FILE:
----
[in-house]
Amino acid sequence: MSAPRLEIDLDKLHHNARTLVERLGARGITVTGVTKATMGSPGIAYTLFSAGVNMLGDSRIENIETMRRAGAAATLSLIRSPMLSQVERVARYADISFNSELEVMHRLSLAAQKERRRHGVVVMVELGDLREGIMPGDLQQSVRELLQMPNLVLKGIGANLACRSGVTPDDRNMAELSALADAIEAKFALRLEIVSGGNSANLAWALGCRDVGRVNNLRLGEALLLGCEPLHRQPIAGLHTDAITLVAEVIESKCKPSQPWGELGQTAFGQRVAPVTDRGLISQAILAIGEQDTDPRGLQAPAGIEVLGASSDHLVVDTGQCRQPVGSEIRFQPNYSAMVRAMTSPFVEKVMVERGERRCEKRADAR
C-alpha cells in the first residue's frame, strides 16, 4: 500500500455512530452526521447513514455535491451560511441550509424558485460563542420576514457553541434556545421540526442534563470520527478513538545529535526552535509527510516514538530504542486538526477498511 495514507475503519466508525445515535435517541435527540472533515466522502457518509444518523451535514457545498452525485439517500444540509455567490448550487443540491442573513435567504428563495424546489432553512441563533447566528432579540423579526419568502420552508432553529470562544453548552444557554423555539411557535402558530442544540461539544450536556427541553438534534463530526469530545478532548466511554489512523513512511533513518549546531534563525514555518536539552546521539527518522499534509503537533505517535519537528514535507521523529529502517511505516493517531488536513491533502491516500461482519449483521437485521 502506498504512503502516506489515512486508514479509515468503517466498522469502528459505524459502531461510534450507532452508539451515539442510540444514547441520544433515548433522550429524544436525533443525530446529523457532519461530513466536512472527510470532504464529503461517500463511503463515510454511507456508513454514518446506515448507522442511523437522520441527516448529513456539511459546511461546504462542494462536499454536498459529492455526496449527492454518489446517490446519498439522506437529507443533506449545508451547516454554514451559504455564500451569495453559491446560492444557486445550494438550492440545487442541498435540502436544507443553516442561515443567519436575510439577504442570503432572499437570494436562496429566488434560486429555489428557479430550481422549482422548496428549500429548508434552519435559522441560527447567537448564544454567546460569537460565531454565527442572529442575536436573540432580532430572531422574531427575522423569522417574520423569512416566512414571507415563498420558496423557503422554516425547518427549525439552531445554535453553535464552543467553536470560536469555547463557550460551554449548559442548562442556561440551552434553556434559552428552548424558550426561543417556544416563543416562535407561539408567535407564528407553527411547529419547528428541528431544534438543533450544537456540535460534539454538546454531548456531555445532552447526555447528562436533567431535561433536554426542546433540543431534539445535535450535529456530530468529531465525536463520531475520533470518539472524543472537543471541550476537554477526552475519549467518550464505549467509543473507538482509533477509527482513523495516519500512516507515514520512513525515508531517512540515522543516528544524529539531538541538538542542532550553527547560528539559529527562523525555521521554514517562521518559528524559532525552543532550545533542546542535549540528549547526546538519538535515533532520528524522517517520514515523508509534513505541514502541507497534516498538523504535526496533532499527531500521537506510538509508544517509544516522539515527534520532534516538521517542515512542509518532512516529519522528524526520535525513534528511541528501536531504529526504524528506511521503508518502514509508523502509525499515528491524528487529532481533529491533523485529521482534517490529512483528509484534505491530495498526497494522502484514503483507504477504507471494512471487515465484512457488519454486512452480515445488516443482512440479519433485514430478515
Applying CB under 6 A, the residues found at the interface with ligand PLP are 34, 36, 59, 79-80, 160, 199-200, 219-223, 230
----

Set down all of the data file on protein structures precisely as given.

[in-house]
Amino acid sequence: MSAPRLEIDLDKLHHNARTLVERLGARGITVTGVTKATMGSPGIAYTLFSAGVNMLGDSRIENIETMRRAGAAATLSLIRSPMLSQVERVARYADISFNSELEVMHRLSLAAQKERRRHGVVVMVELGDLREGIMPGDLQQSVRELLQMPNLVLKGIGANLACRSGVTPDDRNMAELSALADAIEAKFALRLEIVSGGNSANLAWALGCRDVGRVNNLRLGEALLLGCEPLHRQPIAGLHTDAITLVAEVIESKCKPSQPWGELGQTAFGQRVAPVTDRGLISQAILAIGEQDTDPRGLQAPAGIEVLGASSDHLVVDTGQCRQPVGSEIRFQPNYSAMVRAMTSPFVEKVMVERGERRCEKRADAR
C-alpha cells in the first residue's frame, strides 16, 4: 500500500455512530452526521447513514455535491451560511441550509424558485460563542420576514457553541434556545421540526442534563470520527478513538545529535526552535509527510516514538530504542486538526477498511 495514507475503519466508525445515535435517541435527540472533515466522502457518509444518523451535514457545498452525485439517500444540509455567490448550487443540491442573513435567504428563495424546489432553512441563533447566528432579540423579526419568502420552508432553529470562544453548552444557554423555539411557535402558530442544540461539544450536556427541553438534534463530526469530545478532548466511554489512523513512511533513518549546531534563525514555518536539552546521539527518522499534509503537533505517535519537528514535507521523529529502517511505516493517531488536513491533502491516500461482519449483521437485521 502506498504512503502516506489515512486508514479509515468503517466498522469502528459505524459502531461510534450507532452508539451515539442510540444514547441520544433515548433522550429524544436525533443525530446529523457532519461530513466536512472527510470532504464529503461517500463511503463515510454511507456508513454514518446506515448507522442511523437522520441527516448529513456539511459546511461546504462542494462536499454536498459529492455526496449527492454518489446517490446519498439522506437529507443533506449545508451547516454554514451559504455564500451569495453559491446560492444557486445550494438550492440545487442541498435540502436544507443553516442561515443567519436575510439577504442570503432572499437570494436562496429566488434560486429555489428557479430550481422549482422548496428549500429548508434552519435559522441560527447567537448564544454567546460569537460565531454565527442572529442575536436573540432580532430572531422574531427575522423569522417574520423569512416566512414571507415563498420558496423557503422554516425547518427549525439552531445554535453553535464552543467553536470560536469555547463557550460551554449548559442548562442556561440551552434553556434559552428552548424558550426561543417556544416563543416562535407561539408567535407564528407553527411547529419547528428541528431544534438543533450544537456540535460534539454538546454531548456531555445532552447526555447528562436533567431535561433536554426542546433540543431534539445535535450535529456530530468529531465525536463520531475520533470518539472524543472537543471541550476537554477526552475519549467518550464505549467509543473507538482509533477509527482513523495516519500512516507515514520512513525515508531517512540515522543516528544524529539531538541538538542542532550553527547560528539559529527562523525555521521554514517562521518559528524559532525552543532550545533542546542535549540528549547526546538519538535515533532520528524522517517520514515523508509534513505541514502541507497534516498538523504535526496533532499527531500521537506510538509508544517509544516522539515527534520532534516538521517542515512542509518532512516529519522528524526520535525513534528511541528501536531504529526504524528506511521503508518502514509508523502509525499515528491524528487529532481533529491533523485529521482534517490529512483528509484534505491530495498526497494522502484514503483507504477504507471494512471487515465484512457488519454486512452480515445488516443482512440479519433485514430478515
Applying CB under 6 A, the residues found at the interface with ligand PLP are 34, 36, 59, 79-80, 160, 199-200, 219-223, 230